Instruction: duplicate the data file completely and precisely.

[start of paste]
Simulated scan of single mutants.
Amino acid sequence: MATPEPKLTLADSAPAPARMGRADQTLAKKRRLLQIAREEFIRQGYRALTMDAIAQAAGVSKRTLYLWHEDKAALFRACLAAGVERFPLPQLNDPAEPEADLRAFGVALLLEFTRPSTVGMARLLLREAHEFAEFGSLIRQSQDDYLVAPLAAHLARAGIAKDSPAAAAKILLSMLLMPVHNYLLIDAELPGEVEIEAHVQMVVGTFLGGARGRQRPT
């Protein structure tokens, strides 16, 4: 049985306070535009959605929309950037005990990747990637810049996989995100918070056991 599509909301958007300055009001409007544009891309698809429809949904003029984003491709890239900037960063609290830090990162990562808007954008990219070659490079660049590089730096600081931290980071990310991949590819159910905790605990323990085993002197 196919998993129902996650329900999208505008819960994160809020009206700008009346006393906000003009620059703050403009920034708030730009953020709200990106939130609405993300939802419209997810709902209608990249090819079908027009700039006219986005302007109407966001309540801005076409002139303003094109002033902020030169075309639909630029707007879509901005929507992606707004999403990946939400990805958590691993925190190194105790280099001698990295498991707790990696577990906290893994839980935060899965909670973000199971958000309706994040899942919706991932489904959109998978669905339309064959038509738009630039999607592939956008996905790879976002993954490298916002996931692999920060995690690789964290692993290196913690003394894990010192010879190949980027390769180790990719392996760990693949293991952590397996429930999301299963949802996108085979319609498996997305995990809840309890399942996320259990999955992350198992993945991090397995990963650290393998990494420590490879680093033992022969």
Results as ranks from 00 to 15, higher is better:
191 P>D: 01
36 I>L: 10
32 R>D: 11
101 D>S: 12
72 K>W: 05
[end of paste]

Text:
Simulated scan of single mutants.
Amino acid sequence: MATPEPKLTLADSAPAPARMGRADQTLAKKRRLLQIAREEFIRQGYRALTMDAIAQAAGVSKRTLYLWHEDKAALFRACLAAGVERFPLPQLNDPAEPEADLRAFGVALLLEFTRPSTVGMARLLLREAHEFAEFGSLIRQSQDDYLVAPLAAHLARAGIAKDSPAAAAKILLSMLLMPVHNYLLIDAELPGEVEIEAHVQMVVGTFLGGARGRQRPT
């Protein structure tokens, strides 16, 4: 049985306070535009959605929309950037005990990747990637810049996989995100918070056991 599509909301958007300055009001409007544009891309698809429809949904003029984003491709890239900037960063609290830090990162990562808007954008990219070659490079660049590089730096600081931290980071990310991949590819159910905790605990323990085993002197 196919998993129902996650329900999208505008819960994160809020009206700008009346006393906000003009620059703050403009920034708030730009953020709200990106939130609405993300939802419209997810709902209608990249090819079908027009700039006219986005302007109407966001309540801005076409002139303003094109002033902020030169075309639909630029707007879509901005929507992606707004999403990946939400990805958590691993925190190194105790280099001698990295498991707790990696577990906290893994839980935060899965909670973000199971958000309706994040899942919706991932489904959109998978669905339309064959038509738009630039999607592939956008996905790879976002993954490298916002996931692999920060995690690789964290692993290196913690003394894990010192010879190949980027390769180790990719392996760990693949293991952590397996429930999301299963949802996108085979319609498996997305995990809840309890399942996320259990999955992350198992993945991090397995990963650290393998990494420590490879680093033992022969």
Results as ranks from 00 to 15, higher is better:
191 P>D: 01
36 I>L: 10
32 R>D: 11
101 D>S: 12
72 K>W: 05